Yep, I crashed. I had a good flow powering through post after post, but reality caught up to me and I missed a deadline, then another deadline, and then all of the deadlines. I have been inundated with . . . let’s face it, laziness. But when I’m actually feeling productive, I’ve been cranking out book after book. I’m scrambling to get a 5 book series done by the end of the year (or as done as possible). Get this, book 5 began today, and I still have unrealistic expectations that I’ll make it on time.
Book 1 is done, I just need to fiddle with the acknowledgements, blurb, and extra text, but the manuscript itself is done. Book 2 is almost very nearly done, it requires one final polish. Books 3 – 5 are lurching towards the finish line, so who knows when I’ll be able to get to those.
Anyway, I really have to get back to writing, because I’m way, way behind.
I write books. I bounce from one to the other without really finishing one in a single stretch. It’s not the greatest way of writing, or even the most coherent, but it’s something that I have fallen into and, somehow, it kinda works for me.
I get fatigued with stories quickly. I power through the early stages of a book as though I’m on cocaine. Then I start to mellow out and after about three weeks I’m bummed out that it’s taking too long to write, that I’m not writing as quickly as I was at the beginning, and the story isn’t fresh any more, and I’m starting to see the flaws in the story. I know exactly what I need: a distraction, something that is the opposite of what I’m writing right now. Conveniently, I have a half-written book that was put on pause last year because I didn’t know how to finish it. But, now I do know. So I should go and work on that for a bit. Nothing too serious, just a couple of days if I can manage it. Maybe a week. Or two weeks.
And then I run into a problem. The ending I originally had is no longer appropriate. The characters have evolved and wouldn’t fall for such a simple finale as what I had in store for them, and I’m stuck. I don’t want to go back to the story I started last month, because I still don’t know how to finish it. Luckily, I have another half-written story lying around, and I just figured out some key element that would make it read a lot better. I should work on that for a couple of days. A week, even. Maybe two.
Somehow, this process continues, until I have the most epic of awesome ideas, and I must right this new story NOW NOW NOW. And I do, because the now now now story is so intoxicating that I get carried along in the rush of things. And because I don’t actually have a career yet, I can write for my own pleasure, so I have no penalty against me if I drop a half written book in favour of something that excites me.
Believe it or not, this time last year I had eleven works in progress. These were not short stories, but full blown novels. I have managed to complete five of them, but having eleven in the back of my mind was something of a juggling act. I knew exactly where I left off with each of them. I remembered the characters and I remembered the problems I had in dealing with a resolution. I bounced between all eleven, writing here and there, and managed to get the ball rolling enough to finish seven of them in the year, and begin two afresh.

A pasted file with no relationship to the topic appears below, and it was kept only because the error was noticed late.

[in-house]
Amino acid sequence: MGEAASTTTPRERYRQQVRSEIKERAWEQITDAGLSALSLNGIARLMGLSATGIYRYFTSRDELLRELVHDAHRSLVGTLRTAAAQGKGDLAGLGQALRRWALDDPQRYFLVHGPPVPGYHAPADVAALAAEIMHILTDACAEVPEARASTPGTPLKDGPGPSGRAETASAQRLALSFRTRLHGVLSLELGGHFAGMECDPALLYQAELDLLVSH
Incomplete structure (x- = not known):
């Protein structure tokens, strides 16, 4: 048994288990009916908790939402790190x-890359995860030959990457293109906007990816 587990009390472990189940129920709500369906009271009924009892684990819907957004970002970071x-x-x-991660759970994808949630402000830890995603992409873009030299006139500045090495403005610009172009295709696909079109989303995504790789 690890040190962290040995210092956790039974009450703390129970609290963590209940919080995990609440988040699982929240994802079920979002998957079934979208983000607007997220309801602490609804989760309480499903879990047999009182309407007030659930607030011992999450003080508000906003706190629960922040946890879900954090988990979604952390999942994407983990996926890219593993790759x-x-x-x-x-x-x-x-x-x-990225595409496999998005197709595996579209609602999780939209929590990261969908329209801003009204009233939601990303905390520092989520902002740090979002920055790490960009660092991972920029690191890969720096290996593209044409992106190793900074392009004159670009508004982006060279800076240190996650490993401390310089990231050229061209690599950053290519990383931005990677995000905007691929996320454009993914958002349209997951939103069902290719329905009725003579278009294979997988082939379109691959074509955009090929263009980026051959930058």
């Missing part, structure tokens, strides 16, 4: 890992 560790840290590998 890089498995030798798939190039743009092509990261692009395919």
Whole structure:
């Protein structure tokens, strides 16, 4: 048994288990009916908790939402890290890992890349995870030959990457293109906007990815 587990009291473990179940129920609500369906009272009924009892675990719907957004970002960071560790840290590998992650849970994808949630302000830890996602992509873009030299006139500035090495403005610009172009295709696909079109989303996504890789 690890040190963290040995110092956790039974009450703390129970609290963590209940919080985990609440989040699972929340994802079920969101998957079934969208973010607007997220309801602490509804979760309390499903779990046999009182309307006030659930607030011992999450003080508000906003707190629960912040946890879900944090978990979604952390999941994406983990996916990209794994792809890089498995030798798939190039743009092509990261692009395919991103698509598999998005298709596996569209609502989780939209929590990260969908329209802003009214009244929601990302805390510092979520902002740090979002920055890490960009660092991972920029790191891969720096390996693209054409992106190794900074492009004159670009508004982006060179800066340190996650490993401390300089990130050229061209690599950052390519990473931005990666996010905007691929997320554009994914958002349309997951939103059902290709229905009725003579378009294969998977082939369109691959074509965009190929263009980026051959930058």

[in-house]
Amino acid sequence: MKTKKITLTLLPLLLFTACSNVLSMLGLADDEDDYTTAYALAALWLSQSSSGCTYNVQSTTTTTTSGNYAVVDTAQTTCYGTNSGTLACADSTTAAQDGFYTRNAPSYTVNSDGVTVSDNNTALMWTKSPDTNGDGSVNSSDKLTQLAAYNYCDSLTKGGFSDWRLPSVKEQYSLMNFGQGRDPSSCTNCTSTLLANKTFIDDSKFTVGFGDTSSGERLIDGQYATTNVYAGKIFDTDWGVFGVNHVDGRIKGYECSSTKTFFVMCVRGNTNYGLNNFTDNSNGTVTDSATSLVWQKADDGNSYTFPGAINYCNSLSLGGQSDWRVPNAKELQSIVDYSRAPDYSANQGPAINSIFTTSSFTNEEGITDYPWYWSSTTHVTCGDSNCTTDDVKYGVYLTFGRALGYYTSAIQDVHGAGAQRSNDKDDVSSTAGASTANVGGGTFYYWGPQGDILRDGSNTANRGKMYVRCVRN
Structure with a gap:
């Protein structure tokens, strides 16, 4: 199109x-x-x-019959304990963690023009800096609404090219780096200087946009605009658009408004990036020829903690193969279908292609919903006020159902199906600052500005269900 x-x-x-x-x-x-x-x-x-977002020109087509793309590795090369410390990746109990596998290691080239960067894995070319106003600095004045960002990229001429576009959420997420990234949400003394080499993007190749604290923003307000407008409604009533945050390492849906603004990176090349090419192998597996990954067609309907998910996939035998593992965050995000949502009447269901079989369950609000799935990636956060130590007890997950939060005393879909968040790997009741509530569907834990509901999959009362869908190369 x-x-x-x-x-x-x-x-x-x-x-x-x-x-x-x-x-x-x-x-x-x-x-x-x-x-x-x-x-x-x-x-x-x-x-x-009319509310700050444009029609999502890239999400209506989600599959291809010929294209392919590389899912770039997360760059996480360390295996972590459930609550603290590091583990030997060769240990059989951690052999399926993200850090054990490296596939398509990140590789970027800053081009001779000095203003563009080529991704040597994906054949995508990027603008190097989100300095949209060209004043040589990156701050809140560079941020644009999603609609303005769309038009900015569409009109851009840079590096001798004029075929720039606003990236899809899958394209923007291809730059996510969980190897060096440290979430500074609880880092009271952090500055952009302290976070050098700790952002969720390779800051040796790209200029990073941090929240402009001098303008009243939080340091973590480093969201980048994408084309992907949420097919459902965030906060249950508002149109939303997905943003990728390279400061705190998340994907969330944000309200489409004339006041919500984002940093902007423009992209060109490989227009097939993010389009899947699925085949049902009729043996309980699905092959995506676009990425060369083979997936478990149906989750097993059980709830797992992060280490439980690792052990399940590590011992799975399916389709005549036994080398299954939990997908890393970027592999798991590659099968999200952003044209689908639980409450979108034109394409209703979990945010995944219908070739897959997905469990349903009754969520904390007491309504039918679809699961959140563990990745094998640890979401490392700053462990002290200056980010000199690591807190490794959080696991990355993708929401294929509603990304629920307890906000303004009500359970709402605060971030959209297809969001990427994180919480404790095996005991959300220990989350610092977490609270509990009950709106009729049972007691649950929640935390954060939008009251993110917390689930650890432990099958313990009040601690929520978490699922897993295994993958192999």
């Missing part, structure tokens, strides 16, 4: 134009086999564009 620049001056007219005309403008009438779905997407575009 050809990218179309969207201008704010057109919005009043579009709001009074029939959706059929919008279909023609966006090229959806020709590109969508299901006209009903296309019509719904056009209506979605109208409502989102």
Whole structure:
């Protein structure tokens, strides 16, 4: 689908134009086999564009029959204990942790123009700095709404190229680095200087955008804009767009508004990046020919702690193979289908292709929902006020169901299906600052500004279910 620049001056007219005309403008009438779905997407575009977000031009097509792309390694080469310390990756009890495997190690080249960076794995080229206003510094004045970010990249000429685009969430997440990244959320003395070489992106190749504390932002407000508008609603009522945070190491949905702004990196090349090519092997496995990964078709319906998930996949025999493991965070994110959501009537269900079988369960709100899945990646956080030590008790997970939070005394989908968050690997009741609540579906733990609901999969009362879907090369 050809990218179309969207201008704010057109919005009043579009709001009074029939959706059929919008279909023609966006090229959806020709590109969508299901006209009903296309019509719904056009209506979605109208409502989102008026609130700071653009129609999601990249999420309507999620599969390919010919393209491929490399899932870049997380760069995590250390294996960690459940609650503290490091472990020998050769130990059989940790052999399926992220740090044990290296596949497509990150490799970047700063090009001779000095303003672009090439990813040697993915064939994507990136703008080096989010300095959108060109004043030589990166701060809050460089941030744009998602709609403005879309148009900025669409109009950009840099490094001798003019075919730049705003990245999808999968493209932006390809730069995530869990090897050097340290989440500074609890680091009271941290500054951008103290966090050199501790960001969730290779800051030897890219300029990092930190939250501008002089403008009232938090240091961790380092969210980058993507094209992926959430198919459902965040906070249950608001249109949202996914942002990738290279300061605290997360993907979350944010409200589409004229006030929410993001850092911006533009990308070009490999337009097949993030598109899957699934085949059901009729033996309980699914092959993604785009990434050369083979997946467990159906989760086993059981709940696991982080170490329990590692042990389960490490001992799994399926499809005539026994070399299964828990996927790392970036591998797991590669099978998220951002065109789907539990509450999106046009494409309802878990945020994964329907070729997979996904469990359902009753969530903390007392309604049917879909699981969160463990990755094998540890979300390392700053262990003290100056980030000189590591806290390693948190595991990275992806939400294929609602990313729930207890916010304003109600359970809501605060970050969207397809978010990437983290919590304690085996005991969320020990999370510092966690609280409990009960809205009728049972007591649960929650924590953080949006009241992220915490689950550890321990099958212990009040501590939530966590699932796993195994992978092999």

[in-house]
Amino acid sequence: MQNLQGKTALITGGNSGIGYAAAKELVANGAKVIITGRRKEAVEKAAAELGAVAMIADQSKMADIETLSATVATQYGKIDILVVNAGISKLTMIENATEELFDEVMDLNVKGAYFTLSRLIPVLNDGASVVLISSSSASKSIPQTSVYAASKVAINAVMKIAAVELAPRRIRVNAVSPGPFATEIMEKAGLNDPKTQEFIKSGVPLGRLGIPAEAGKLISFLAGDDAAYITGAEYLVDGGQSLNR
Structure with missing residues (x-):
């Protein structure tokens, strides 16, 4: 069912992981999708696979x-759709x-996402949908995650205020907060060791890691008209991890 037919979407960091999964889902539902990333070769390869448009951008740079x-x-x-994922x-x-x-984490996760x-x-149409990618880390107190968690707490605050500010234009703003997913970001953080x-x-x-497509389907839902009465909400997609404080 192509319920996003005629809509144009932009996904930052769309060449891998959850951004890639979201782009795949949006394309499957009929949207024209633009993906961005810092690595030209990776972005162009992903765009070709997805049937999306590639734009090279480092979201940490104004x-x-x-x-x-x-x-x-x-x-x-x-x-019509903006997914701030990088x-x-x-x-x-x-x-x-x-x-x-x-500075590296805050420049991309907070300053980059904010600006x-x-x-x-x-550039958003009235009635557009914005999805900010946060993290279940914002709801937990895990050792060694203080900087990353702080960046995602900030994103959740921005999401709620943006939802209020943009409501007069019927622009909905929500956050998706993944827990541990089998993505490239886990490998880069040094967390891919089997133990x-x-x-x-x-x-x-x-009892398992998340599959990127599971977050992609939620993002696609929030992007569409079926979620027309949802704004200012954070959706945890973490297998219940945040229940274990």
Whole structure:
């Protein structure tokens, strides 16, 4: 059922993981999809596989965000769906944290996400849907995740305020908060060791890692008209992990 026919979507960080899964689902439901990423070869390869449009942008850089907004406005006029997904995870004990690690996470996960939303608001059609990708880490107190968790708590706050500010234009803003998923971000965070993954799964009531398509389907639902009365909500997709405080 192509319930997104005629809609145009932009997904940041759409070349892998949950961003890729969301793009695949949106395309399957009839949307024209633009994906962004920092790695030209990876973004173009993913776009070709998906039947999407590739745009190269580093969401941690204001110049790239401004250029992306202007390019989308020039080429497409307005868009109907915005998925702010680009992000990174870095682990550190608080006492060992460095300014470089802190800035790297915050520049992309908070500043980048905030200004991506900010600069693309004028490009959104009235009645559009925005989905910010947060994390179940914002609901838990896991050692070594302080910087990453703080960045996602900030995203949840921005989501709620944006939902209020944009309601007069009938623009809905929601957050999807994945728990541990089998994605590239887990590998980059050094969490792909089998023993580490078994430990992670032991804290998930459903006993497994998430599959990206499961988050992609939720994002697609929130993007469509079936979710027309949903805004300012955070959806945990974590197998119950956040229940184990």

Like I said, it’s not the ideal way to write a book, but it stops it from becoming a struggle of impending doom. If I focus on just one thing, nothing would get finished. If I allow myself some options, then I’m not concerned if I’m stuck on Book A, because I have a pretty good idea for how to move forward with Book B.
I know it’s nuts. But, writer’s rarely choose how they are able to write, they just stumble onto a process that works for them, and they are usually aware of how ridiculous it is (like only being able to write in a café, or only while standing up, or in the attic during a thunderstorm). This is just how I write – in complete chaos!
Editing, though, is a much smoother process. I start editing a book and I see it through to the end with no distractions. I can sometimes see the jumps in writing as I’ve taken a year or two off between one chapter and the next, and it’s up to me to now polish them as though I wrote the whole book in one sitting.
So if you’re ever curious, I tend to write the first draft in 40 – 50 days of actual work. That would probably be 15 days straight, then a few months off while I’m working on something else, then another 15 days straight, then more months off, then a final push of 15 days to reach the finish line. The first draft may have taken a year to finish, but the actual daily count isn’t too shabby. It’s also good to know that I can write four or five first drafts in a year. The downside is that now I have to edit four or five first drafts, twice, before I can let other people read them, and while I know I can write a gargantuan number of books in a year, I tend to forget to include the editing process in my thinking, which bums me out because I end up either with two or three good books a year, or five shitty ones.